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Lenny Kaye

Related: punk rock - guitar - garage rock


Guitarist, composer and writer Lenny Kaye was a member of the Patti Smith Group and has been Smith's most frequent collaborator. He wrote the liner notes for Nuggets (1972), which included one of the first uses of the term "punk rock". He was also a close friend of expatriate Australian rock writer and journalist Lillian Roxon.

In the 1980s, he had his own band Lenny Kaye Connection. He produced the first two albums by Suzanne Vega.

He also co-authored Waylon Jennings' autobiography (Waylon: An Autobiography, ISBN 1570424357) --http://en.wikipedia.org/wiki/Lenny_Kaye [Mar 2006]

Nuggets: Original Artyfacts From the First Psychedelic Era

Nuggets: Original Artyfacts From the First Psychedelic Era is a compilation album of garage rock from the mid- to late 1960s, assembled by Jac Holzman, founder of Elektra Records. Assisting him was Lenny Kaye, who later became the guitarist for the Patti Smith Group. Together, the two men assembled a 2-LP set of American garage rock cuts. The album was originally released by Elektra Records in 1972, and reissued, with a new cover design, in 1976 by Sire Records. The liner notes, penned by Lenny Kaye, gave a brief biography of each band. --http://en.wikipedia.org/wiki/Nuggets [Mar 2006]


  1. Nuggets: Original Artyfacts from the First Psychedelic Era, 1965-1968 [4 CD, Amazon US]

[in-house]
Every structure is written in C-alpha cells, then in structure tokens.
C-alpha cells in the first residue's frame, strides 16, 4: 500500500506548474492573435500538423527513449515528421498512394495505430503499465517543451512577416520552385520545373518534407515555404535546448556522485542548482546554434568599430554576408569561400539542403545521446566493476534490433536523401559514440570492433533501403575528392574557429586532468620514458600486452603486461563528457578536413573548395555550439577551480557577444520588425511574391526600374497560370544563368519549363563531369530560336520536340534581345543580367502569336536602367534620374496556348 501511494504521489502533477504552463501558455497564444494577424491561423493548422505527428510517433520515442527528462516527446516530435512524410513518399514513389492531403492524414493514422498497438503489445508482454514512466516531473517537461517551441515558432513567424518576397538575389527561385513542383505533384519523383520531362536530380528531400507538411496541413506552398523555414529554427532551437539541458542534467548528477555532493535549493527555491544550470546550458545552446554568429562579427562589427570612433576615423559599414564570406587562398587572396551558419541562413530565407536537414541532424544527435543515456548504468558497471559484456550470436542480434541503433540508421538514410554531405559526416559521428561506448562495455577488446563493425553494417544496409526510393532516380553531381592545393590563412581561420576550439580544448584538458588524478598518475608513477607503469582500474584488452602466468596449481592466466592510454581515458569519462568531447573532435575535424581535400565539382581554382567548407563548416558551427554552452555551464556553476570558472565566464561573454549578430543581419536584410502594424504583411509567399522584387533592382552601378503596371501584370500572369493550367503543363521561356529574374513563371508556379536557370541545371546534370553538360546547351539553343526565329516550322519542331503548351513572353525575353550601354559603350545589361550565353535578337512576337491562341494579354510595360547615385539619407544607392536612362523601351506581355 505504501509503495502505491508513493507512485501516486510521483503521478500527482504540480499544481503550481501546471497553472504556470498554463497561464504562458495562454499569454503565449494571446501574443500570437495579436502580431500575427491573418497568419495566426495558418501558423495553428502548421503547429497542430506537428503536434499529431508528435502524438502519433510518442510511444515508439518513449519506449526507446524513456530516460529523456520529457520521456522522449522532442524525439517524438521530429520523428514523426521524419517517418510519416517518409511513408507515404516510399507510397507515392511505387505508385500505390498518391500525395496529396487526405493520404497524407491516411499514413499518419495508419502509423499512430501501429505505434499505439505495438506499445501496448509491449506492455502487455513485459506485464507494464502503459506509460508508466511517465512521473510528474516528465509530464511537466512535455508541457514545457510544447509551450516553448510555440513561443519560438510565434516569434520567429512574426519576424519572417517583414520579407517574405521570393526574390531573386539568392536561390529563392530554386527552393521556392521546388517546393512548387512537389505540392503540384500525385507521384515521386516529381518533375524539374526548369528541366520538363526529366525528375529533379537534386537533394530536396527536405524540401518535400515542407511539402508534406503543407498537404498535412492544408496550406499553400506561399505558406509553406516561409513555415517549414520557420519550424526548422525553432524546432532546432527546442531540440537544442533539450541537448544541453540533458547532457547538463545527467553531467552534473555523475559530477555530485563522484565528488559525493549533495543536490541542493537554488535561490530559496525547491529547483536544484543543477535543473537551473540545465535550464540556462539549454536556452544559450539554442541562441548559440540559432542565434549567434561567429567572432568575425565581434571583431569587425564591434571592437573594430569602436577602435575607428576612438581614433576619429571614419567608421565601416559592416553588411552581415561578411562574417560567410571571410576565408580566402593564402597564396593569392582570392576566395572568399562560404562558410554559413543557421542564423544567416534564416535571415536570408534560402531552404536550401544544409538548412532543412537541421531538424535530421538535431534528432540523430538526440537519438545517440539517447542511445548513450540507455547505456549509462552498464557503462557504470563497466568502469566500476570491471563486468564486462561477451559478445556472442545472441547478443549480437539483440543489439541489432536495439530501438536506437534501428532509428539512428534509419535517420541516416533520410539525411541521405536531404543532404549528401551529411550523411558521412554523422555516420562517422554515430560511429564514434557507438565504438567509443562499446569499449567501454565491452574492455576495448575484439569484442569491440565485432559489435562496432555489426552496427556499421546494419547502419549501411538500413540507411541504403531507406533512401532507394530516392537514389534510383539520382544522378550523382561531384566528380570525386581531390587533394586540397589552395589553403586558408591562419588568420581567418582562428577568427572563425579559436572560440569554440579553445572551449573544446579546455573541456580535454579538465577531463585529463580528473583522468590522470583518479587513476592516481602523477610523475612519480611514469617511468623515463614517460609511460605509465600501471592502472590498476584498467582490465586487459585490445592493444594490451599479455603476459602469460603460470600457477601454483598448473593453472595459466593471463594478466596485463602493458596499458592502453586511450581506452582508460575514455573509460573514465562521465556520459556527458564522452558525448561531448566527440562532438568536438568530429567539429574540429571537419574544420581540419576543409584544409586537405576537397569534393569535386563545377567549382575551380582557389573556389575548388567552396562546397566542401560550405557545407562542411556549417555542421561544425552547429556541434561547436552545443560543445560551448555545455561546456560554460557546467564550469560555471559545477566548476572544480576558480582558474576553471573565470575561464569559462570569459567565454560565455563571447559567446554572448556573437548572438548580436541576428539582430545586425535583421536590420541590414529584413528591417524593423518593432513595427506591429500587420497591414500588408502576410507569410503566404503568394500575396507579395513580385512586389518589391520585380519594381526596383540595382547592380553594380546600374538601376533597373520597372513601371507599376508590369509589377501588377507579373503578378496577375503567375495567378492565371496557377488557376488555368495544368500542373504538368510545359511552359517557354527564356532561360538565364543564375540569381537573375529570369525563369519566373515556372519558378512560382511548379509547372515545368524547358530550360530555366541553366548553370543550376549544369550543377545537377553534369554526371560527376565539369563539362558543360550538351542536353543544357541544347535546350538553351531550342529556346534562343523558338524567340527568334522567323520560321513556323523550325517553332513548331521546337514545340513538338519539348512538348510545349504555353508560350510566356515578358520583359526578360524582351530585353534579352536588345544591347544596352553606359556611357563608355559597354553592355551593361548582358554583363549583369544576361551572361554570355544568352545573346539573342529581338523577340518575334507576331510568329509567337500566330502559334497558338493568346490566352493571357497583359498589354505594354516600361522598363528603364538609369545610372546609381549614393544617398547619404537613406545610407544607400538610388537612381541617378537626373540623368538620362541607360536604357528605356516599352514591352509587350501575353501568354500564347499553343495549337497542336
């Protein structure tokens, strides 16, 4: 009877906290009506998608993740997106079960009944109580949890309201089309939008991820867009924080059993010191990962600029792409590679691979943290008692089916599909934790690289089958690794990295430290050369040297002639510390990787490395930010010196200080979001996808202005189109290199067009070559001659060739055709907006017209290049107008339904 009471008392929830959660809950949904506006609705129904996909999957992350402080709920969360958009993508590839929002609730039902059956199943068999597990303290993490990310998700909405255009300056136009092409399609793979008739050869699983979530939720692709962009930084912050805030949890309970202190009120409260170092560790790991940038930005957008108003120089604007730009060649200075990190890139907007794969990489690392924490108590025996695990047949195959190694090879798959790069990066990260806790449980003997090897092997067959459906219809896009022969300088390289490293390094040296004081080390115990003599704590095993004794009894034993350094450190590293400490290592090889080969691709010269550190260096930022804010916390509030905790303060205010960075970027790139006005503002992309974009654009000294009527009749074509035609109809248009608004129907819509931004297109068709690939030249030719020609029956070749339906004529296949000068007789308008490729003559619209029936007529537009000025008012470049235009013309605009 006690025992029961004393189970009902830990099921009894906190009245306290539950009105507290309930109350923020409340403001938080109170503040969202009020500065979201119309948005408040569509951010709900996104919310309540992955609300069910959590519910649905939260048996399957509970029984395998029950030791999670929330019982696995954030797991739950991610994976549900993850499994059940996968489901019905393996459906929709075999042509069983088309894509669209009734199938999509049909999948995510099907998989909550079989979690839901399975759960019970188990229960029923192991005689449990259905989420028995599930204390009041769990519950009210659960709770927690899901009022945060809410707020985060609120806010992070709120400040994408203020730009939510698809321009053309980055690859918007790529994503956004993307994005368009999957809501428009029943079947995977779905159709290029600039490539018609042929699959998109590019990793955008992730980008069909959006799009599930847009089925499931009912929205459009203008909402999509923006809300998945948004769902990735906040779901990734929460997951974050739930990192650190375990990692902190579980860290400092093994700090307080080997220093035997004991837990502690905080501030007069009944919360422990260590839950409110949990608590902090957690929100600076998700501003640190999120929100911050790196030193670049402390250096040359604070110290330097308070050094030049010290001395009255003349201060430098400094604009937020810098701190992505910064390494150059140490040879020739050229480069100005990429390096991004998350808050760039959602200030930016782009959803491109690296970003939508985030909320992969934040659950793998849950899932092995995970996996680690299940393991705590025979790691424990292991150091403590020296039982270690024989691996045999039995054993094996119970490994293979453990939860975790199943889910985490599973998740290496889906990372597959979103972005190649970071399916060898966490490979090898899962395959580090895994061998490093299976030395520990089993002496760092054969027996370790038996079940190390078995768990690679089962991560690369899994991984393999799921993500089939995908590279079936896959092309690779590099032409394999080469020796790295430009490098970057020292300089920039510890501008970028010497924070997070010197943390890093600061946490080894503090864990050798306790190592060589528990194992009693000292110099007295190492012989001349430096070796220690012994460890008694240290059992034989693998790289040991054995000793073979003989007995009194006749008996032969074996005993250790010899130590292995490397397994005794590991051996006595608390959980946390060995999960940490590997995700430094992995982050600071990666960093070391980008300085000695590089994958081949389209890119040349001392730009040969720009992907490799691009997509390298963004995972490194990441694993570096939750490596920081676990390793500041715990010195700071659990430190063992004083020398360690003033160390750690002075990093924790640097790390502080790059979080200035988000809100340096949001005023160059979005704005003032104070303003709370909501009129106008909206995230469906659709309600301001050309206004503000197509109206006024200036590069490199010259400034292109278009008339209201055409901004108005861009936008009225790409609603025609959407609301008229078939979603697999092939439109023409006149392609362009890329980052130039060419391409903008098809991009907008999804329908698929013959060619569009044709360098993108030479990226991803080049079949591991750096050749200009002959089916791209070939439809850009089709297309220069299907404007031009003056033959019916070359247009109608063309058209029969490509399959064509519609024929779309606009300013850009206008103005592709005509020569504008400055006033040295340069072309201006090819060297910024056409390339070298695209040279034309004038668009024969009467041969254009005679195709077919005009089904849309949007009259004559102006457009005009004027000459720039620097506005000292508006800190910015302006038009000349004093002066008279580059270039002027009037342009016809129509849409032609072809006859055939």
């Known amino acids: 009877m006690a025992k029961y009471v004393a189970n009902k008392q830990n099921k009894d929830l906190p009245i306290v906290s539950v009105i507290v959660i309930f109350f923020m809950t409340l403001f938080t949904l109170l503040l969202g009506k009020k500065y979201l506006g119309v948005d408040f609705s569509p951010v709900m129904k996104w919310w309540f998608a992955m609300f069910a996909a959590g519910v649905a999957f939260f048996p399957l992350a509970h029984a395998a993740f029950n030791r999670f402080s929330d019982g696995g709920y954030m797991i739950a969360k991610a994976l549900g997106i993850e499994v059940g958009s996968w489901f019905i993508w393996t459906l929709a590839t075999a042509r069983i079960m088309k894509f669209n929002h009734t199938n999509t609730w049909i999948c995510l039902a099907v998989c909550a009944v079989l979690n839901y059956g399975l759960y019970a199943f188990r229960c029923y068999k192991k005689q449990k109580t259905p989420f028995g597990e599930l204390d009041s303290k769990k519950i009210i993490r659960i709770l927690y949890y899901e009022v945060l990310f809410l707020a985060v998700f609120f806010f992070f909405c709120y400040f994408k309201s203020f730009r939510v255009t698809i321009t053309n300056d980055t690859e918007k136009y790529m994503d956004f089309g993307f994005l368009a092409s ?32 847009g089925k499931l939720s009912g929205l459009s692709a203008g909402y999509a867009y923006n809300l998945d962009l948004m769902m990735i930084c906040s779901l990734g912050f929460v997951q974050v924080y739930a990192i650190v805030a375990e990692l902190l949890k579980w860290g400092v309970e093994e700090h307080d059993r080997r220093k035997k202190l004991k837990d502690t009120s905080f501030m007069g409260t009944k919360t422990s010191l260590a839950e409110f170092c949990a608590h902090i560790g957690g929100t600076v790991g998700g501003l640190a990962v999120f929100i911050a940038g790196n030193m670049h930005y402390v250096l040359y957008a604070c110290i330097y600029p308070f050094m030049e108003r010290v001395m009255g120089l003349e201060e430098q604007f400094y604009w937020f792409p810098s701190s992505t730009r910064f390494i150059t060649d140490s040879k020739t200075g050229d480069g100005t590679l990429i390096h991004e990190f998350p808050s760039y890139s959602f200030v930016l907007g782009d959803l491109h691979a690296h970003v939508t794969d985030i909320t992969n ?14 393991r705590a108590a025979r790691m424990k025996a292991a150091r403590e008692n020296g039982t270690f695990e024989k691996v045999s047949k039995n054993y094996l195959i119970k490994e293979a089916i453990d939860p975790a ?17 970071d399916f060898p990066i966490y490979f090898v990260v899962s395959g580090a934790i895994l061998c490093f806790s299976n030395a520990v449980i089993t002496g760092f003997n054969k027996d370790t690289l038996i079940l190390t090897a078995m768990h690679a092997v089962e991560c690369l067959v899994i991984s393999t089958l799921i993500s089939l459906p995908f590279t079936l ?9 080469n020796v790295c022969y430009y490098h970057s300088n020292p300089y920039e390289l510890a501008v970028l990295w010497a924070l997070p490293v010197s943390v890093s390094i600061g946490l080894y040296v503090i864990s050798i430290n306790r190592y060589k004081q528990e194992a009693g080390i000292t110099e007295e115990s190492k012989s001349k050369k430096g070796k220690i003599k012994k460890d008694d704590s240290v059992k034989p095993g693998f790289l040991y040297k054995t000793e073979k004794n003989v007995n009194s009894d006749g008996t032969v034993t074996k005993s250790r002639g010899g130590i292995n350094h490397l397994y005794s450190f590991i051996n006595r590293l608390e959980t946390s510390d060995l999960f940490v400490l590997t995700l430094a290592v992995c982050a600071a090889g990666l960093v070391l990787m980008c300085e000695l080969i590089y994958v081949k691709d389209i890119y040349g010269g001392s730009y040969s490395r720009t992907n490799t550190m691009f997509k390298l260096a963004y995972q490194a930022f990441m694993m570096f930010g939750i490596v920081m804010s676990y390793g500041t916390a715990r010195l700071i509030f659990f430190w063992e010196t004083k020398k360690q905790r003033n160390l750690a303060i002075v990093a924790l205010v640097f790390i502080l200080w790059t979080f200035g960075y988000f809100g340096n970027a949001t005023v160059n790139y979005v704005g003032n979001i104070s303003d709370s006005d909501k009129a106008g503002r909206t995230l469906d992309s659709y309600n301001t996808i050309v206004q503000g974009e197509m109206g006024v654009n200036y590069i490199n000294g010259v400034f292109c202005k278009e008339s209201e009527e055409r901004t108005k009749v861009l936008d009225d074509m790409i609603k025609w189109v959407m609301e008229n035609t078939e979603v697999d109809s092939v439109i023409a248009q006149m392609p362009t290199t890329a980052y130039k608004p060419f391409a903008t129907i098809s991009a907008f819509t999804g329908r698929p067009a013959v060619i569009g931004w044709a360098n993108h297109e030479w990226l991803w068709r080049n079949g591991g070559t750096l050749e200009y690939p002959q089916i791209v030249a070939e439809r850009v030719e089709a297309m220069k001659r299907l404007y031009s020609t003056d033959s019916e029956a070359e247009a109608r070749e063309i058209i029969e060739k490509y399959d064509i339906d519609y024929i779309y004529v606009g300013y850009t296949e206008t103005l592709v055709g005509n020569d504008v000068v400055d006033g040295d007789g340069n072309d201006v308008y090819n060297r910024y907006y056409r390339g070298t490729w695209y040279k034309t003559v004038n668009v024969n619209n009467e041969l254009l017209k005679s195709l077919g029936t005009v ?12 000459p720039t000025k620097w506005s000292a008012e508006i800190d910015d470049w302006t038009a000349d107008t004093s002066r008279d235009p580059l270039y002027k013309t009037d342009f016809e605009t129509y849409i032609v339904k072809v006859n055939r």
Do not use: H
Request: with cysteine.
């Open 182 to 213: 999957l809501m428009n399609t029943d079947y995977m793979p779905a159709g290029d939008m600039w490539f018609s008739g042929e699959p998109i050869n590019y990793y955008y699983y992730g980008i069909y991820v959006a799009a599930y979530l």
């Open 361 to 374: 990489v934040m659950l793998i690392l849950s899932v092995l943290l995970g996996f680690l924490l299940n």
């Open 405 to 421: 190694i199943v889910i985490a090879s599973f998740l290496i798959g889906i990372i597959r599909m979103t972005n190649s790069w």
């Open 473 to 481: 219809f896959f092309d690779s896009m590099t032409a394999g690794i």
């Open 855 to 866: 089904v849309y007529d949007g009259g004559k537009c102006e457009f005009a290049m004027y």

That the most famous garage-rock record of all time, the Kingsmen's "Louie Louie," is buried on the last CD of this four-disc box is very much in keeping with the spirit of the (often) one-hit wonders that people Nuggets. Here, "Louie Louie" is just another great song. An elaboration on the 1972 double LP, which is included in its original sequence, this set piles on dozens more great moments of inspiration, guts, chutzpah, and sometimes sheer commercial calculation. How else to explain the advice "Look at yourself" from the likes of the Strawberry Alarm Clock, whose idea of mind expansion seems limited to putting together two very vaguely related nouns--"Incense and Peppermints"--so their swinging Farfisa-led track will have something, anything, for verbal content? There's loads of such wisdom on display here, prefab and otherwise, usually delivered as rabidly as possible. (Try the Remains' "Don't Look Back," Mouse and the Traps' "Maid of Sugar--Maid of Spice," or the Music Machine's "Talk Talk," which was actually a hit.) And remember: "The sky is falling / The ocean is calling / The world ... is spinning 'round ... and 'round." For sure. --Rickey Wright

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